Kacey Musgraves Merry Go Round – twinkling acoustic guitar brings this in and a hard-hitting trailer park lyric. Some unusual chords in this sonic dark study. Post-Lucinda thoughtful stuff. It’s beautifully sung, too

Brandy Clark Stripes – sassy strummed bitchery delivered with force, albeit tongue in cheek. The spirit of Warren Zevon surely lives on

Eric Church Give Me Back My Hometown – I did see Eric on his first major show here and the heavy rock mix did him and the band no favours, but undeniably his songwriting chimes with his audience. He speaks their language. Subtle tale of regret in Church’s distinctive voice. A very good take on a special song. If Johnny Cash was still around, he would surely record a few of Church’s songs

Maddie & Tae Girl In A Country Song – This song is reviewed elsewhere on the site but they are easy on the eye and ear. This rocksteady guitar version is cool as …whatever. Their voices blend, like a softer duet by The Partons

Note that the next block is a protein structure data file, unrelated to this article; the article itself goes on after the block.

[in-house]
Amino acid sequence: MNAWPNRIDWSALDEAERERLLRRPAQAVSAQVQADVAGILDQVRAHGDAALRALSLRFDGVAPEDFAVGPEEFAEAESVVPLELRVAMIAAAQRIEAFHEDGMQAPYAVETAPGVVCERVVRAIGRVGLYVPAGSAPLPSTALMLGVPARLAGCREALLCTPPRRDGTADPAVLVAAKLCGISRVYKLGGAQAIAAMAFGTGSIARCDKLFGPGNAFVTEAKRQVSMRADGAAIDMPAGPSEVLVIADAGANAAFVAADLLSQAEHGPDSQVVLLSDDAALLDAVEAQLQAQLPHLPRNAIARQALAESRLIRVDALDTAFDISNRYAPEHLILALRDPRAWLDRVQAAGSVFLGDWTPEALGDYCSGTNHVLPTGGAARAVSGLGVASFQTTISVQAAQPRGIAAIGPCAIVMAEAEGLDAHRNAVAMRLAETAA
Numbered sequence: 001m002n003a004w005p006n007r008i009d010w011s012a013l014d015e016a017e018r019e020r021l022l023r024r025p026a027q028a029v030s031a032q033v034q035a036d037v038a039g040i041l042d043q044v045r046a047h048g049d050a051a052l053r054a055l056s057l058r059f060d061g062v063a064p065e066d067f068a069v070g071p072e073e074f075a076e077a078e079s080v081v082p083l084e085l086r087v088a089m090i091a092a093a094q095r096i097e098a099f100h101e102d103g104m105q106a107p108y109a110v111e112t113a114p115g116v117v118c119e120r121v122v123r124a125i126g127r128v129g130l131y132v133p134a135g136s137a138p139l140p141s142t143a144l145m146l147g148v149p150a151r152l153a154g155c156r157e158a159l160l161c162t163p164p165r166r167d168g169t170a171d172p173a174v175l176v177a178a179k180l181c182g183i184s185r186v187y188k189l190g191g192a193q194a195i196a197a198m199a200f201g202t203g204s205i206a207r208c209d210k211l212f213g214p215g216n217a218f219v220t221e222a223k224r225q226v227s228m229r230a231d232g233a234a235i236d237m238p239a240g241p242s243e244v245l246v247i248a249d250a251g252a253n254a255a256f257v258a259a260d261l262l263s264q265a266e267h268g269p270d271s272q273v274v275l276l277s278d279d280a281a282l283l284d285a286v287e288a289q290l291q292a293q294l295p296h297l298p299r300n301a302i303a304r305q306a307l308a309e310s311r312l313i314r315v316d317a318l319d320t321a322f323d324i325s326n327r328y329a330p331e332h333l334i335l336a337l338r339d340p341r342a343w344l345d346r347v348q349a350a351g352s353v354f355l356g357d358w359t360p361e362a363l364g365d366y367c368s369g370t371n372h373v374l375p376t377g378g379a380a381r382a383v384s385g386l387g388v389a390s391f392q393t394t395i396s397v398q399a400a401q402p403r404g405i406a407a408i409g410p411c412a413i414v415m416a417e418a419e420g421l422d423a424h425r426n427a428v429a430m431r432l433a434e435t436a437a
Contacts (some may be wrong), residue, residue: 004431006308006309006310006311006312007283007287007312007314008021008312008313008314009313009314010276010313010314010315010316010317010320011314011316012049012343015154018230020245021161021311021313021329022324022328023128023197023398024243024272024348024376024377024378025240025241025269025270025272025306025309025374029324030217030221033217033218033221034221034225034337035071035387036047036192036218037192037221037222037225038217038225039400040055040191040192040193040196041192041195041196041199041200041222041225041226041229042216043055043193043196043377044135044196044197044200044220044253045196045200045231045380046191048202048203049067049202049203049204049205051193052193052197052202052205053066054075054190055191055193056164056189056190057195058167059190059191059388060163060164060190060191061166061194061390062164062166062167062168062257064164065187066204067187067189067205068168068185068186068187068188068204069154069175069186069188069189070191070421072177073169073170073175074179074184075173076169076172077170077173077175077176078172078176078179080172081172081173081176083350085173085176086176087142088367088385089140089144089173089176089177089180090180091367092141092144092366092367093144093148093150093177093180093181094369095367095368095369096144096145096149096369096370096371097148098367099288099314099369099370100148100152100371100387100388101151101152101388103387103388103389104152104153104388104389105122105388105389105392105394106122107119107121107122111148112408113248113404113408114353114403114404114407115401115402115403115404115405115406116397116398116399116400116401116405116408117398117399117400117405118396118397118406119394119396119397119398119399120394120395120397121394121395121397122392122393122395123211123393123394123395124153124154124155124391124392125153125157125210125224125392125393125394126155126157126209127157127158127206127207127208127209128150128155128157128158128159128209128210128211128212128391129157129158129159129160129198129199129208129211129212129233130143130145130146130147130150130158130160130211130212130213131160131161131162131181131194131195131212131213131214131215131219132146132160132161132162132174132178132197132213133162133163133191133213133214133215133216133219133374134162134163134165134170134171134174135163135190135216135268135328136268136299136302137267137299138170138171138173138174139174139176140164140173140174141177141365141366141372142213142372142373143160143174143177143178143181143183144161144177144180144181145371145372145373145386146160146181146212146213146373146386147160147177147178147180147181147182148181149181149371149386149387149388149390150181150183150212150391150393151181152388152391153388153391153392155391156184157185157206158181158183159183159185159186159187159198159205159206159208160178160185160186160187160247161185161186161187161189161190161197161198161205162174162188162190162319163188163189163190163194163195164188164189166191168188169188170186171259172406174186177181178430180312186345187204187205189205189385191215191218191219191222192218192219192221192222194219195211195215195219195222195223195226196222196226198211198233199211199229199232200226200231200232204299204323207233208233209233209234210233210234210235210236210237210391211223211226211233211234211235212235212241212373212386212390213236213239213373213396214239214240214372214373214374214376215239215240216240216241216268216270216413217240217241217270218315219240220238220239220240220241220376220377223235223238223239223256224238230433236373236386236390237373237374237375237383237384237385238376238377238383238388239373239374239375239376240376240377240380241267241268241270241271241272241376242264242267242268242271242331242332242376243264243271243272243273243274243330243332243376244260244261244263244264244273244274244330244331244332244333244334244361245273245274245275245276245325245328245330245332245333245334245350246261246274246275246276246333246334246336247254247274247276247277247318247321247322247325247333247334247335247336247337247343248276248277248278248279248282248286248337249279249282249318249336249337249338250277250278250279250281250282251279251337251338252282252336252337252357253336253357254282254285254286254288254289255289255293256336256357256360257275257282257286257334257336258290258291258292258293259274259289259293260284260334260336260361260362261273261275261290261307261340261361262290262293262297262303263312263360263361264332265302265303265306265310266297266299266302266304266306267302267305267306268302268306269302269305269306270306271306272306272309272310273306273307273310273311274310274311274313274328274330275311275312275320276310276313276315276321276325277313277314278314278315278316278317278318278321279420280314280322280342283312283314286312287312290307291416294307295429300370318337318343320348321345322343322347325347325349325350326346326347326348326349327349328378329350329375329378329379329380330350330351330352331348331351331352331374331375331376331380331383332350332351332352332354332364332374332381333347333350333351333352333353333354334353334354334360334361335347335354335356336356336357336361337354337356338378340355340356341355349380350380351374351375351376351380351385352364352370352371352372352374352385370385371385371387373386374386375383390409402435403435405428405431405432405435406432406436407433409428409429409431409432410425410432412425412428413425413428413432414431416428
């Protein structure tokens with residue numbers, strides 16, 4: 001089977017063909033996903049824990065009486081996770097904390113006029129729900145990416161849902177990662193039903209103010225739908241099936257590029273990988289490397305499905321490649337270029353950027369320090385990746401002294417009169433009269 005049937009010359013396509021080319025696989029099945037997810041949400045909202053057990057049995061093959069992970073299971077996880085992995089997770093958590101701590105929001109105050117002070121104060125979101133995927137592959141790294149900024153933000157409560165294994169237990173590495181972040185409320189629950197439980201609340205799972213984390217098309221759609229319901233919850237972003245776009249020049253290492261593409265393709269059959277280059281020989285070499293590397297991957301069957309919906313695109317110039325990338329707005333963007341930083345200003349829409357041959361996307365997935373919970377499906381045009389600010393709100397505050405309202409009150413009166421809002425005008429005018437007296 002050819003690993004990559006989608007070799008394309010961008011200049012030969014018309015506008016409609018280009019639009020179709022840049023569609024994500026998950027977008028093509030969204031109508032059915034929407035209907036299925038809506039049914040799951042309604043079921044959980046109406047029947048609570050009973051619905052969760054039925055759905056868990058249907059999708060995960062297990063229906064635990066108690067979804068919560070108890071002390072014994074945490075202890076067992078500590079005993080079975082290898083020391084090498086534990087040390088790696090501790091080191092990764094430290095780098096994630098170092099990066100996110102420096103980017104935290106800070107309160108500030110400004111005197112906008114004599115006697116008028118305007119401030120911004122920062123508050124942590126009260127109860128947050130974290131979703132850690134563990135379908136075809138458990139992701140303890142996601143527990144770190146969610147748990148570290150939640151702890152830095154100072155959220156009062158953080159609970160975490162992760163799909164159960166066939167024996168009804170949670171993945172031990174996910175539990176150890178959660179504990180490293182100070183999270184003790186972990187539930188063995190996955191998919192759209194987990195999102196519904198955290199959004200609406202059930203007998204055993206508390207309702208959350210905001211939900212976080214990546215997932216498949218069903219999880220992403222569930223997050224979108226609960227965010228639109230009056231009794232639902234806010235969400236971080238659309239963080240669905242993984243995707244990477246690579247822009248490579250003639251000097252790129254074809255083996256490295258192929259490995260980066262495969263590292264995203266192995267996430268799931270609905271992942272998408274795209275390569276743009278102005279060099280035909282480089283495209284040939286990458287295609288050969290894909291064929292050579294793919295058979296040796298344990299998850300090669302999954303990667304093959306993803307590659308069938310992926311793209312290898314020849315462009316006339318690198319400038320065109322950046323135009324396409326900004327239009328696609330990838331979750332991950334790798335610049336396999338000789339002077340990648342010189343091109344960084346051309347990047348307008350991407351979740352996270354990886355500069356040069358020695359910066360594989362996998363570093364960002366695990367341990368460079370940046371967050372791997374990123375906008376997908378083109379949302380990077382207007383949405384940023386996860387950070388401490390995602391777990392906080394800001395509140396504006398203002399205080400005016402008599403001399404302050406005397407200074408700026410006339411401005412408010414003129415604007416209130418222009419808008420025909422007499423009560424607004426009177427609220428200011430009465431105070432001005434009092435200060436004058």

Dwight Yoakam Honky Tonk Man – roots and country rock superstar. Dwight picks his acoustic path through this celebrated rocker with a touch of the yodel here and there. Rhythmic prowess and that fine voice makes this one a pleasure

Jason Isbell Speed Trap Town – former Drive By Truckers singer and guitarist is now a key figure in the Americana scene, with songs ranging from celebratory to downright sulky which makes him a great storyspinner. This very recent recording captures the talent of this major figure. The song itself could be off ‘Nebraska’. And I don’t think Jason would object to that thought. I recall his electric power trio set at The Garage in Highbury with great admiration. An act worth following